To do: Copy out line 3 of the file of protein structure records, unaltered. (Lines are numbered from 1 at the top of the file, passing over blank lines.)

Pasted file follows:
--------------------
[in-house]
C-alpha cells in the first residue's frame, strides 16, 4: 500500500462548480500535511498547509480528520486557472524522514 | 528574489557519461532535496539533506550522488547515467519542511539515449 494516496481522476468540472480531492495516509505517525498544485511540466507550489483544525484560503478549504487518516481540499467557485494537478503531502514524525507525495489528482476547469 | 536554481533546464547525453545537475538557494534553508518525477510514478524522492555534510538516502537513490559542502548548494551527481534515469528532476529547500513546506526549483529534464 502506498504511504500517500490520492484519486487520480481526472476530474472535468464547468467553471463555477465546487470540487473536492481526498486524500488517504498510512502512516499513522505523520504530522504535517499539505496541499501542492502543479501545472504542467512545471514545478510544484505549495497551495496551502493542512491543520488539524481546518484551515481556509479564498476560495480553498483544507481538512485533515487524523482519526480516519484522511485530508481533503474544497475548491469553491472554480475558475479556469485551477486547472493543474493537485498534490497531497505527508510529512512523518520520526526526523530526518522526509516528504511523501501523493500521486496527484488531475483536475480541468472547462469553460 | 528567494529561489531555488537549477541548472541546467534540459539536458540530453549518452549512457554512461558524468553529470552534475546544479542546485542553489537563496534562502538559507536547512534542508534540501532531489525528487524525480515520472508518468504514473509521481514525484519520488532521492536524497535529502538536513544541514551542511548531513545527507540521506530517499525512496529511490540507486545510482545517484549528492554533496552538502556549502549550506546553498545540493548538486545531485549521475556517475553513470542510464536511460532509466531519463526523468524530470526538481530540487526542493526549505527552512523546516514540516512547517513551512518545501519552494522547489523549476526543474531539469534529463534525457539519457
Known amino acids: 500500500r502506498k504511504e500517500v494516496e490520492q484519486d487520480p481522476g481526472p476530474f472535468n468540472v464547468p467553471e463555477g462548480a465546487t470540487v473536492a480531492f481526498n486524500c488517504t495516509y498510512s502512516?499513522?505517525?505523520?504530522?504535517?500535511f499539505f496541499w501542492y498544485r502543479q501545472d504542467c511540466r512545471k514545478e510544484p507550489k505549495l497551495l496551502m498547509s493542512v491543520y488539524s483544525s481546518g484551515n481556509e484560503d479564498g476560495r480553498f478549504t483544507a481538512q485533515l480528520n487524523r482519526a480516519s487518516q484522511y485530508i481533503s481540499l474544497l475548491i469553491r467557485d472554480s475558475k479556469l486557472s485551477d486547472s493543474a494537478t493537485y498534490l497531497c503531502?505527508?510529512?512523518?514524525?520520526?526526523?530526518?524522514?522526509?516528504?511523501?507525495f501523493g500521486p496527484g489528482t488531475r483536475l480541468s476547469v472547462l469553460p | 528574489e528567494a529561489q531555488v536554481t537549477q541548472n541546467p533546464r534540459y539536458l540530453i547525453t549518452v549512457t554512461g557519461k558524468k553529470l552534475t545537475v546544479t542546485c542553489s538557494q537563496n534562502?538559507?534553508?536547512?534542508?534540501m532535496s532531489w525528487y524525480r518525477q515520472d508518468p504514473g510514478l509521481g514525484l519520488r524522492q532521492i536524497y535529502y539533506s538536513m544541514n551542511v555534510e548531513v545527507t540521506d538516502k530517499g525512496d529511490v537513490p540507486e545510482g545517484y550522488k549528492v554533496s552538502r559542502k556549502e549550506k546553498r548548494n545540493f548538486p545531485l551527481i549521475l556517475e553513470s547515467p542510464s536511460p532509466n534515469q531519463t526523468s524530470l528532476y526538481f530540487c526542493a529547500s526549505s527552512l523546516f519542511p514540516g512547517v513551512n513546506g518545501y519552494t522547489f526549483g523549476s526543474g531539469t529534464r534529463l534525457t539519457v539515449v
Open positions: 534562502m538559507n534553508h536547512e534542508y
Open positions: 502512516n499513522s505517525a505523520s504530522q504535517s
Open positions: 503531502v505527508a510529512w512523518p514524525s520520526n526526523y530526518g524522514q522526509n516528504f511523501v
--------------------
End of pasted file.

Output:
Known amino acids: 500500500r502506498k504511504e500517500v494516496e490520492q484519486d487520480p481522476g481526472p476530474f472535468n468540472v464547468p467553471e463555477g462548480a465546487t470540487v473536492a480531492f481526498n486524500c488517504t495516509y498510512s502512516?499513522?505517525?505523520?504530522?504535517?500535511f499539505f496541499w501542492y498544485r502543479q501545472d504542467c511540466r512545471k514545478e510544484p507550489k505549495l497551495l496551502m498547509s493542512v491543520y488539524s483544525s481546518g484551515n481556509e484560503d479564498g476560495r480553498f478549504t483544507a481538512q485533515l480528520n487524523r482519526a480516519s487518516q484522511y485530508i481533503s481540499l474544497l475548491i469553491r467557485d472554480s475558475k479556469l486557472s485551477d486547472s493543474a494537478t493537485y498534490l497531497c503531502?505527508?510529512?512523518?514524525?520520526?526526523?530526518?524522514?522526509?516528504?511523501?507525495f501523493g500521486p496527484g489528482t488531475r483536475l480541468s476547469v472547462l469553460p | 528574489e528567494a529561489q531555488v536554481t537549477q541548472n541546467p533546464r534540459y539536458l540530453i547525453t549518452v549512457t554512461g557519461k558524468k553529470l552534475t545537475v546544479t542546485c542553489s538557494q537563496n534562502?538559507?534553508?536547512?534542508?534540501m532535496s532531489w525528487y524525480r518525477q515520472d508518468p504514473g510514478l509521481g514525484l519520488r524522492q532521492i536524497y535529502y539533506s538536513m544541514n551542511v555534510e548531513v545527507t540521506d538516502k530517499g525512496d529511490v537513490p540507486e545510482g545517484y550522488k549528492v554533496s552538502r559542502k556549502e549550506k546553498r548548494n545540493f548538486p545531485l551527481i549521475l556517475e553513470s547515467p542510464s536511460p532509466n534515469q531519463t526523468s524530470l528532476y526538481f530540487c526542493a529547500s526549505s527552512l523546516f519542511p514540516g512547517v513551512n513546506g518545501y519552494t522547489f526549483g523549476s526543474g531539469t529534464r534529463l534525457t539519457v539515449v